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Here's one way to retain developers between projects: Lab Time

German social/mobile game publisher Wooga maintains 'Lab Time' for developers who are between projects, allowing them to work on side projects while they wait to snag a spot on another project.
Yesterday we ran a story about Ubisoft's 'interproject' division, a place where Kotaku reports the company sends some developers who are between projects but still worth keeping on the payroll. We encouraged Gamasutra readers who had seen similar practices to share their stories, and many did in comments on our original story. Others shared their stories in emails to [email protected], including Wooga's PR manager Greg Latham. He says the German mobile/social game publisher (Monster World, Jelly Splash) maintains a similar talent retention initiative called 'Lab Time,' where developers go when their project has been cancelled and they can't find a role on another team within the company. If a Wooga developer is assigned to Lab Time, they must have a project to work on: developing a tool for internal use, doing market research, and the like. Sometimes they pitch in to help other teams on their projects, and those short-term arrangements often lead to full-time assignments on the team. "As with any project like this, and as highlighted with the Ubisoft example, this system has drawbacks," writes Latham, who claims that two months is the longest span a Wooga developer has ever spent in lab time so far. "Too much time in lab time, even with a project
"As with any project like this, and as highlighted with the Ubisoft example, this system has drawbacks."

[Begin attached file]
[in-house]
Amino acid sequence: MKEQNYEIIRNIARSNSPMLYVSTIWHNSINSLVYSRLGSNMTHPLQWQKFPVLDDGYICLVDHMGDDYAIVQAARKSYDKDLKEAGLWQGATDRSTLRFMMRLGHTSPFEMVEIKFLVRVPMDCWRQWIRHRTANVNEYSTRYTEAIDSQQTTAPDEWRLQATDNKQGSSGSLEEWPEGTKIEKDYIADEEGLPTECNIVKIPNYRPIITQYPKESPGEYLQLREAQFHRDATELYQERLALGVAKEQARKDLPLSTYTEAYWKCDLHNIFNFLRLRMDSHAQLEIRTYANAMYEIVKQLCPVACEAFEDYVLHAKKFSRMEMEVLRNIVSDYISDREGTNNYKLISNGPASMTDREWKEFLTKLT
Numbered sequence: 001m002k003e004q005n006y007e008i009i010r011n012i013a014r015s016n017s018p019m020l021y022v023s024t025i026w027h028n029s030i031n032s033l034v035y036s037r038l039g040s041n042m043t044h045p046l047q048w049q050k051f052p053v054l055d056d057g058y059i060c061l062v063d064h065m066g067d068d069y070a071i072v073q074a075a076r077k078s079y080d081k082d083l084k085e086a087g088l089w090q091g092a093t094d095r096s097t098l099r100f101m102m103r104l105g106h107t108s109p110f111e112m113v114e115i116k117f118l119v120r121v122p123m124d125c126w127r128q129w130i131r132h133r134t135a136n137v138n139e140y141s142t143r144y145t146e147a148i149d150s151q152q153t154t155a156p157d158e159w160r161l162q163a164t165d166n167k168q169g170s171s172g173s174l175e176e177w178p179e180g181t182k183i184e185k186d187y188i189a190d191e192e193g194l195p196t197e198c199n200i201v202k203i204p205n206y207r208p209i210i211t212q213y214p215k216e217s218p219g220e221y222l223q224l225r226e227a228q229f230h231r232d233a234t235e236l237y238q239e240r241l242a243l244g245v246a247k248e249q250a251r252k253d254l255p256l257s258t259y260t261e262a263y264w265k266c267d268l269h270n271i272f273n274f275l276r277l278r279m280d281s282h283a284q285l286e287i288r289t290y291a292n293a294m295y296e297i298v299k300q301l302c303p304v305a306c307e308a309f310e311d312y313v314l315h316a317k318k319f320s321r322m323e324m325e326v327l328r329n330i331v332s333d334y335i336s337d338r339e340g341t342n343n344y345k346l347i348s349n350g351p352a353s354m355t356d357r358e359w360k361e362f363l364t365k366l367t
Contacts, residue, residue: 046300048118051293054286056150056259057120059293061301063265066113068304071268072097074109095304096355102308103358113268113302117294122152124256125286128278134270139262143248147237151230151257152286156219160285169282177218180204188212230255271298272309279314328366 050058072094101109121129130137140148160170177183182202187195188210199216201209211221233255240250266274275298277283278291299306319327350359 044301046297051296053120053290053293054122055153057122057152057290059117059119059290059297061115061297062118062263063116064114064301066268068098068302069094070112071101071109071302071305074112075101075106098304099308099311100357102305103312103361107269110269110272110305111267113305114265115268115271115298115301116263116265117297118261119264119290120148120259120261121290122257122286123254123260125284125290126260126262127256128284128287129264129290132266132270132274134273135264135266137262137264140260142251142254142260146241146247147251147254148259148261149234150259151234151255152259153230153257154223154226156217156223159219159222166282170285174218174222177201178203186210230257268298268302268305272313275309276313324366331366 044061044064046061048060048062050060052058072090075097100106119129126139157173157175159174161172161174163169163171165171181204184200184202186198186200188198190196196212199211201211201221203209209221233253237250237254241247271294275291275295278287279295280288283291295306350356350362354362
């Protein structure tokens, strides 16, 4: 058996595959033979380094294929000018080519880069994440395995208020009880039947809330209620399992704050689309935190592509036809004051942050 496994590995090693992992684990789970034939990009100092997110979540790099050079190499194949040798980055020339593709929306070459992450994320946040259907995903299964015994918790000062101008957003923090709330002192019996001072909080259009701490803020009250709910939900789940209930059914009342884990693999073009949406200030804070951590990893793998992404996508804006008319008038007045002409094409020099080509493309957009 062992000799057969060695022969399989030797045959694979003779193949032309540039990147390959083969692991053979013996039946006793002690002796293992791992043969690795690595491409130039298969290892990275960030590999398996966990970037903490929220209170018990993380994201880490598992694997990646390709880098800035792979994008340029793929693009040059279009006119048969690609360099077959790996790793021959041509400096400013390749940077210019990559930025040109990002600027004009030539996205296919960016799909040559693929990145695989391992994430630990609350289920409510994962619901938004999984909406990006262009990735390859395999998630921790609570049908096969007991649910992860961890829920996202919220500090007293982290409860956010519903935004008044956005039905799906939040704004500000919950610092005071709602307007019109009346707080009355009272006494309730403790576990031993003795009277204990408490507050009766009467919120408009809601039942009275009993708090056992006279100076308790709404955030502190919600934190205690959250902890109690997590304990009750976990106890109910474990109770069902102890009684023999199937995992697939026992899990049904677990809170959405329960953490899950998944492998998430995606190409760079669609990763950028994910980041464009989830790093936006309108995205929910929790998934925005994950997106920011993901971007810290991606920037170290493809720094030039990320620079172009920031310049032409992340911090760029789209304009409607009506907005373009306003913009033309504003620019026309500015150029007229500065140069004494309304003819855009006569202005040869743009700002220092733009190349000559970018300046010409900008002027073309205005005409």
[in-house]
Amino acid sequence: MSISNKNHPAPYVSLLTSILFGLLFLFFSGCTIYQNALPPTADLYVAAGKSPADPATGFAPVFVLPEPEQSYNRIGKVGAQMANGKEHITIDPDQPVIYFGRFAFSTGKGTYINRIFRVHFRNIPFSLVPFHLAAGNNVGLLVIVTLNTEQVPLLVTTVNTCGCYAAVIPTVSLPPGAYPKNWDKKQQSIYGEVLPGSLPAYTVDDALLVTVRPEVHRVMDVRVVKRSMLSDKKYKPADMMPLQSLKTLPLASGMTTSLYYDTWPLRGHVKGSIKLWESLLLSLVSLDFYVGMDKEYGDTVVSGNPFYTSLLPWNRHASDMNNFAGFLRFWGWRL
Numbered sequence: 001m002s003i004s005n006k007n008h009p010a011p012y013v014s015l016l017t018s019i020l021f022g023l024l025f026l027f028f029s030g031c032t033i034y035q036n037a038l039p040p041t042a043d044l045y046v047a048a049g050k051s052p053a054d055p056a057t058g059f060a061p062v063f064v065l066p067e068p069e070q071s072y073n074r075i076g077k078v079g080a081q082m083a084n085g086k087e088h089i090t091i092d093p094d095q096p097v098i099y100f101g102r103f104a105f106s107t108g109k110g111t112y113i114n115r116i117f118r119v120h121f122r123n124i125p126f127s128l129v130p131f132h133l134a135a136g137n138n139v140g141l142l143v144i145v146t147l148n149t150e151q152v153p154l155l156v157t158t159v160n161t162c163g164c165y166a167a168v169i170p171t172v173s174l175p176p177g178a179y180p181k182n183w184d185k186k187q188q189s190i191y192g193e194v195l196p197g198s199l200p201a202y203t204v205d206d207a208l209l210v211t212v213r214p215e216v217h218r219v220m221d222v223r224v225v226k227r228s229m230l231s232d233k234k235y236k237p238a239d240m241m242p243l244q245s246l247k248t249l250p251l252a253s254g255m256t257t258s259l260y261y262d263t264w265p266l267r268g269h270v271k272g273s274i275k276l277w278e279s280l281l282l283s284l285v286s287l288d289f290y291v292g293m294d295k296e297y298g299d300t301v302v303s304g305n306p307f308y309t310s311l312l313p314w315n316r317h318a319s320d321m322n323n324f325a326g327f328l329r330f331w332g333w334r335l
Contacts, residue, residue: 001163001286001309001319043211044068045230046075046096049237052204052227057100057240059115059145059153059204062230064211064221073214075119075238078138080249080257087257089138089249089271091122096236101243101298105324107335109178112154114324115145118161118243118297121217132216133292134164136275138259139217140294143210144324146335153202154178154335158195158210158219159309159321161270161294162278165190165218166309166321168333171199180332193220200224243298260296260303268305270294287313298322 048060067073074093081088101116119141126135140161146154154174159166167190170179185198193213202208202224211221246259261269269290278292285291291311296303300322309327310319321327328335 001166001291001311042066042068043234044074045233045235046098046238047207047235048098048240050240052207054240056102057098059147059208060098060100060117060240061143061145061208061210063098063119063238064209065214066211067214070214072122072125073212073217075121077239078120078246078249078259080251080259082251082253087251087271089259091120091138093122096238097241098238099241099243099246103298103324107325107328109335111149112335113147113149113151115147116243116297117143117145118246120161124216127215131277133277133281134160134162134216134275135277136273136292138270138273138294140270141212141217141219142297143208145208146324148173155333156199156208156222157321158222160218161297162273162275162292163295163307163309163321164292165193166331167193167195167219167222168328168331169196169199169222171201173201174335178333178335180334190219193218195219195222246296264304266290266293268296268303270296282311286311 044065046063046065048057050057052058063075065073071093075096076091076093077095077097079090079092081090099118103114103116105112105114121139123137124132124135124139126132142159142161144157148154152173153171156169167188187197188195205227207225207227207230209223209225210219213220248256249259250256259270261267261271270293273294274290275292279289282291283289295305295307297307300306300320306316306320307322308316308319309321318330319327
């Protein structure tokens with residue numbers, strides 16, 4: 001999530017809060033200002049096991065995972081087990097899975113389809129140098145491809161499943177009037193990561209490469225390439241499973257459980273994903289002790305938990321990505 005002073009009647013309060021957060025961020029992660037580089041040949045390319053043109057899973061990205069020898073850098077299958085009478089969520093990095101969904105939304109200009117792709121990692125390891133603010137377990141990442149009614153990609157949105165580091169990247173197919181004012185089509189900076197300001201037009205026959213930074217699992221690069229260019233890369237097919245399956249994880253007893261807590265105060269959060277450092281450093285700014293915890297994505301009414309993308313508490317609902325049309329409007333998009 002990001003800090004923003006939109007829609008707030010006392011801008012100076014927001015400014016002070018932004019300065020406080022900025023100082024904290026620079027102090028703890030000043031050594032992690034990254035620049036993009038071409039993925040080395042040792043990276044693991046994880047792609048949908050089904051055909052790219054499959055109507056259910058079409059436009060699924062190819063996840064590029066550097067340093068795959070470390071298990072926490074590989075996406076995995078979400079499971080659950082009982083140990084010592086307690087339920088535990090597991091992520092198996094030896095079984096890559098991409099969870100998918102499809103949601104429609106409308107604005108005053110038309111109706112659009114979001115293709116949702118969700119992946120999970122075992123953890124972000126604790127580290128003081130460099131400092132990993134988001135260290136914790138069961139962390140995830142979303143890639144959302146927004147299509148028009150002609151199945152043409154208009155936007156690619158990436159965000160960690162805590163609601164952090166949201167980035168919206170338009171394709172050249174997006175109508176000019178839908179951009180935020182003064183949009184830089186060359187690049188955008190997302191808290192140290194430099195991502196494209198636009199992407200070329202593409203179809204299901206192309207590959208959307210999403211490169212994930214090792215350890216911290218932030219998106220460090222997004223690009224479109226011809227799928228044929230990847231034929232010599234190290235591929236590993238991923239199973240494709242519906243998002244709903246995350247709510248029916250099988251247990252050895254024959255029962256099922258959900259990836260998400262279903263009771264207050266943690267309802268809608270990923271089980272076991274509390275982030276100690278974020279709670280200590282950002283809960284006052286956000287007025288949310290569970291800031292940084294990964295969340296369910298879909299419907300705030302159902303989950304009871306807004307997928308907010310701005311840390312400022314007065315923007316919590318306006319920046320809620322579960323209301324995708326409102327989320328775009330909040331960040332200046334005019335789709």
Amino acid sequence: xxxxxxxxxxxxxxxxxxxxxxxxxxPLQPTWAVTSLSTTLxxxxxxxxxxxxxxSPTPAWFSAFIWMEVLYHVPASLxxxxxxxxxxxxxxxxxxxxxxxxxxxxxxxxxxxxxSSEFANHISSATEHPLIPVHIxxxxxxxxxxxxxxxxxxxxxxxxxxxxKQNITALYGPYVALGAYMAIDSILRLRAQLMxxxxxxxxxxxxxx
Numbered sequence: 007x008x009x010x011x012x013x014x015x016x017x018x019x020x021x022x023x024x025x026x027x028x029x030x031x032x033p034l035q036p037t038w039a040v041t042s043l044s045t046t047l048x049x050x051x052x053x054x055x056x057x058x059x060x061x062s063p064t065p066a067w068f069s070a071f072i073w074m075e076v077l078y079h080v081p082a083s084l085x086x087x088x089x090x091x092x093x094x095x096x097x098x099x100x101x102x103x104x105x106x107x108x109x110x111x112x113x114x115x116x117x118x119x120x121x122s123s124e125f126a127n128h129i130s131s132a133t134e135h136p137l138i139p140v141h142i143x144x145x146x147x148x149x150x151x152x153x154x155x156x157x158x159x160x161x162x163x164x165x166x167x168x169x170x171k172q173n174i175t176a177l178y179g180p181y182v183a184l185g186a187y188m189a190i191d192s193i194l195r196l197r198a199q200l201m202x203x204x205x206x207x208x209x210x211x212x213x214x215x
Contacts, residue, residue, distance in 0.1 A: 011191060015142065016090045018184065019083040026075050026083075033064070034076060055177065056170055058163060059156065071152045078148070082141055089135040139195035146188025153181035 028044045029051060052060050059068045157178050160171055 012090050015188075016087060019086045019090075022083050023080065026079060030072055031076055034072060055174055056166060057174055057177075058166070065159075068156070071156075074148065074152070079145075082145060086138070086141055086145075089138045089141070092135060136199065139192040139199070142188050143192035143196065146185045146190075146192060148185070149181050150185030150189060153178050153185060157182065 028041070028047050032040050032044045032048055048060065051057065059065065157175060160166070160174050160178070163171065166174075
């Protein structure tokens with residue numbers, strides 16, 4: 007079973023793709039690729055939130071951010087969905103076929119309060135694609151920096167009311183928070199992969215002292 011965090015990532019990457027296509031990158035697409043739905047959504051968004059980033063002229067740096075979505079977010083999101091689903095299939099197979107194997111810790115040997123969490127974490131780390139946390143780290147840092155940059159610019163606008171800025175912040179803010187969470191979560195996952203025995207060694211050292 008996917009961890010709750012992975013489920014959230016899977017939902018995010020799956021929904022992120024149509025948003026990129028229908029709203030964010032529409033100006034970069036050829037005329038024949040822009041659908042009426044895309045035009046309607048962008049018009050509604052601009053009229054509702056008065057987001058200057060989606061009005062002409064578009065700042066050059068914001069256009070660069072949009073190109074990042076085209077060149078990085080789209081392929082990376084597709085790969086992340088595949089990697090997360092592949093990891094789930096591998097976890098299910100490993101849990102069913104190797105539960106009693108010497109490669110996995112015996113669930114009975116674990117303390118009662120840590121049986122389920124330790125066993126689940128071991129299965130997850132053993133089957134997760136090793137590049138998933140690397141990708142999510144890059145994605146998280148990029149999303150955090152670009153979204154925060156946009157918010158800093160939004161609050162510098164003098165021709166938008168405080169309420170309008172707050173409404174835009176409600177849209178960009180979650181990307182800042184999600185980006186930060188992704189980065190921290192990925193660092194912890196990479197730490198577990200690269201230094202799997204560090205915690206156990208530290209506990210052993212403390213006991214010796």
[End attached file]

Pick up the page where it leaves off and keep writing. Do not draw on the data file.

to work on, can lead to a lack of motivation. But from our perspective, it's a great way to retain employees." Kotaku's report on Ubisoft's retention strategy suggests that the company lays off developers who languish in interproject without convincing another team to let them sign on as a full-time member. Even if they eventually find another team to work with, some Ubisoft sources cited by Kotaku expressed frustration with the depressing, seemingly pointless nature of interproject. Wooga seems to have struggled with similar developer morale issues. "Employee response to going into lab time varies quite a bit depending on how comfortable they are with self-directed projects," writes Latham. "Some are very excited and embrace the free time to work on projects and ideas that they have been meaning to explore, whereas others can struggle with the lack of structure." Latham also claims Wooga only fires developers based on performance, and has not yet done so to anyone who was in lab time. For developers at companies with similar programs, Latham suggests that the key to remaining productive and motivated is to set goals. "Requiring employees to set clear, achievable goals for the lab time project, including a deadline they work towards, really helps."

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